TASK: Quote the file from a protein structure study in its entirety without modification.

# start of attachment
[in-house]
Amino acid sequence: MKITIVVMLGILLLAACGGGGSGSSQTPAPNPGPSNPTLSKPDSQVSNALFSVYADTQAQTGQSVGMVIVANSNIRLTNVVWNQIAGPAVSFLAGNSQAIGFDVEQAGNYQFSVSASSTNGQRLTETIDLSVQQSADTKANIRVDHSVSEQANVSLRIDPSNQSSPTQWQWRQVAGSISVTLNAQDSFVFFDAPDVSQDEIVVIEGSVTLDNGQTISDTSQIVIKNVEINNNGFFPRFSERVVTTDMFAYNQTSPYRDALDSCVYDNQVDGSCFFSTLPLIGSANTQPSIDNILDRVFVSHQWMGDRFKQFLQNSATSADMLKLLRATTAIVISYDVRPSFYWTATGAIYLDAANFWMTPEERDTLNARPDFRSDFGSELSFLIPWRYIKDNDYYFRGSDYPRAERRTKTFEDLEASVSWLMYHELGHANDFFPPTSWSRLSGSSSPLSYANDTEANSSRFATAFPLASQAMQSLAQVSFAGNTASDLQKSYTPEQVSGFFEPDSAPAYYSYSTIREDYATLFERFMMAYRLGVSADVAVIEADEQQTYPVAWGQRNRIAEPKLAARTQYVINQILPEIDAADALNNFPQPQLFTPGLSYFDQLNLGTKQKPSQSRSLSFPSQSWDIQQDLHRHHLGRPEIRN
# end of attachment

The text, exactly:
[in-house]
Amino acid sequence: MKITIVVMLGILLLAACGGGGSGSSQTPAPNPGPSNPTLSKPDSQVSNALFSVYADTQAQTGQSVGMVIVANSNIRLTNVVWNQIAGPAVSFLAGNSQAIGFDVEQAGNYQFSVSASSTNGQRLTETIDLSVQQSADTKANIRVDHSVSEQANVSLRIDPSNQSSPTQWQWRQVAGSISVTLNAQDSFVFFDAPDVSQDEIVVIEGSVTLDNGQTISDTSQIVIKNVEINNNGFFPRFSERVVTTDMFAYNQTSPYRDALDSCVYDNQVDGSCFFSTLPLIGSANTQPSIDNILDRVFVSHQWMGDRFKQFLQNSATSADMLKLLRATTAIVISYDVRPSFYWTATGAIYLDAANFWMTPEERDTLNARPDFRSDFGSELSFLIPWRYIKDNDYYFRGSDYPRAERRTKTFEDLEASVSWLMYHELGHANDFFPPTSWSRLSGSSSPLSYANDTEANSSRFATAFPLASQAMQSLAQVSFAGNTASDLQKSYTPEQVSGFFEPDSAPAYYSYSTIREDYATLFERFMMAYRLGVSADVAVIEADEQQTYPVAWGQRNRIAEPKLAARTQYVINQILPEIDAADALNNFPQPQLFTPGLSYFDQLNLGTKQKPSQSRSLSFPSQSWDIQQDLHRHHLGRPEIRN